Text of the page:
Peer-reviewed digital scholarship
Provocative (peer-reviewed) article: Risam, R. (2013) Rethinking Peer Review in the Age of Digital Humanities. Ada: A Journal of Gender, New Media, and Technology, No.4. doi:10.7264/N3WQ0220
"digital scholarship threatens to displace a benign sort of academic discourse that does not trouble the value and status of print knowledge. What we must guard against in the creation and evaluation of digital scholarship, however, is reproduction of the fetishism of print that undergirds academic disciplines. We cannot assume that the standards of traditional scholarship can be easily translated for digital scholarship. Scholars in arts and media have been raising related issues of evaluation for decades. Those of us invested in digital scholarship must build on historically radical moves to continue troubling the relationship between print scholarship and academic status and value.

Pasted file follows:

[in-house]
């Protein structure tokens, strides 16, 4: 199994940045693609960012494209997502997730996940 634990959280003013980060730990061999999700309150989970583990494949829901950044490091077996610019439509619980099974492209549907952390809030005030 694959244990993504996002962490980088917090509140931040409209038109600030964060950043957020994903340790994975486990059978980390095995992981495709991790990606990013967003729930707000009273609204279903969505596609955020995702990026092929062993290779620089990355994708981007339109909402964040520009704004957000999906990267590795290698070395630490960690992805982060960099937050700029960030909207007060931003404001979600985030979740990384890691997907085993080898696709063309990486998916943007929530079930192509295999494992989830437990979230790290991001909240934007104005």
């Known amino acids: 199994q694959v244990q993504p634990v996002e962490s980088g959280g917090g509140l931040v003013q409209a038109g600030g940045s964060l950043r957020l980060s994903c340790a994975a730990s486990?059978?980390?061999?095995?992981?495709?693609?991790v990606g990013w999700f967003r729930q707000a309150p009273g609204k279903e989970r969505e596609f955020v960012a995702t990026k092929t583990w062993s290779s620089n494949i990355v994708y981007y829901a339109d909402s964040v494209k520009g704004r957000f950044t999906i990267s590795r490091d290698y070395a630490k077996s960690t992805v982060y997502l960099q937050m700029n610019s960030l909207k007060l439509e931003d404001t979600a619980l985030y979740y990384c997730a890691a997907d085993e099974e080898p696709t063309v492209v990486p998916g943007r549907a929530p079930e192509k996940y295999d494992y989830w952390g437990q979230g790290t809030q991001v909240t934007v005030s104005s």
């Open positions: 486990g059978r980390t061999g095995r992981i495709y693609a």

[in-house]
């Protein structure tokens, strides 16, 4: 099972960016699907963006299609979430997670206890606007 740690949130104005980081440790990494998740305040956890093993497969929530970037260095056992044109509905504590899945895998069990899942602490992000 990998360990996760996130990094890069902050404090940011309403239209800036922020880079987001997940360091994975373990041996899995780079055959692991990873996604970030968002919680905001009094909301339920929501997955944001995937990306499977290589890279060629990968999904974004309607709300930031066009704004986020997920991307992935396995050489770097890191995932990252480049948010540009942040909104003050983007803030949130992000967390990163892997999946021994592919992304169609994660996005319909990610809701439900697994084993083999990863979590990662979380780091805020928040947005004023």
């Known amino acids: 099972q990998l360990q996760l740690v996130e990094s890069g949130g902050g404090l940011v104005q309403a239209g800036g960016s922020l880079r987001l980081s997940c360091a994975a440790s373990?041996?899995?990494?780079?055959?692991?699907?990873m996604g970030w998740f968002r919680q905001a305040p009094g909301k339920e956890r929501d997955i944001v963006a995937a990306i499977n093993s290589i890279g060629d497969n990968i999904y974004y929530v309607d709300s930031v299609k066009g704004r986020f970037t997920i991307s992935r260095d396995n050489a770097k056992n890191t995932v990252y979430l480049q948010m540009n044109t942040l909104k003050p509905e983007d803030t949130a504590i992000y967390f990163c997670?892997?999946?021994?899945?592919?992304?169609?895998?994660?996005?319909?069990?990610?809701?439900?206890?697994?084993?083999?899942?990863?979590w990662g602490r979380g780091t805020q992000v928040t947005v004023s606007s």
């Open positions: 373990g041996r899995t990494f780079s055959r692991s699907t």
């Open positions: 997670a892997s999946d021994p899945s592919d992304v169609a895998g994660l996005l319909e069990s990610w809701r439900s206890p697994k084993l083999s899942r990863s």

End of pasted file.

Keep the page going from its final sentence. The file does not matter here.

"Digital scholarship... is best understood as part of an ongoing trend in academic discourse prevalent enough to require rethinking the production of academic value. Yet, we must be wary of fetishizing the digital as well. As the work of scholars in conversation with communities like #transformDH, Global Outlook::Digital Humanities, and Postcolonial Digital Humanities have argued, digital humanities risks reproducing gaps and silences in knowledge production around issues of difference and is not inherently free from biases. Even among traditional funding streams for digital humanities, such as the National Endowment for the Humanities, digital projects on canonical topics tend to receive greater sanction. Therefore, we need to attend to the ways that digital scholarship itself risks perpetuating more conservative elements of disciplinarity and canon as we look for ways to evaluate digital projects."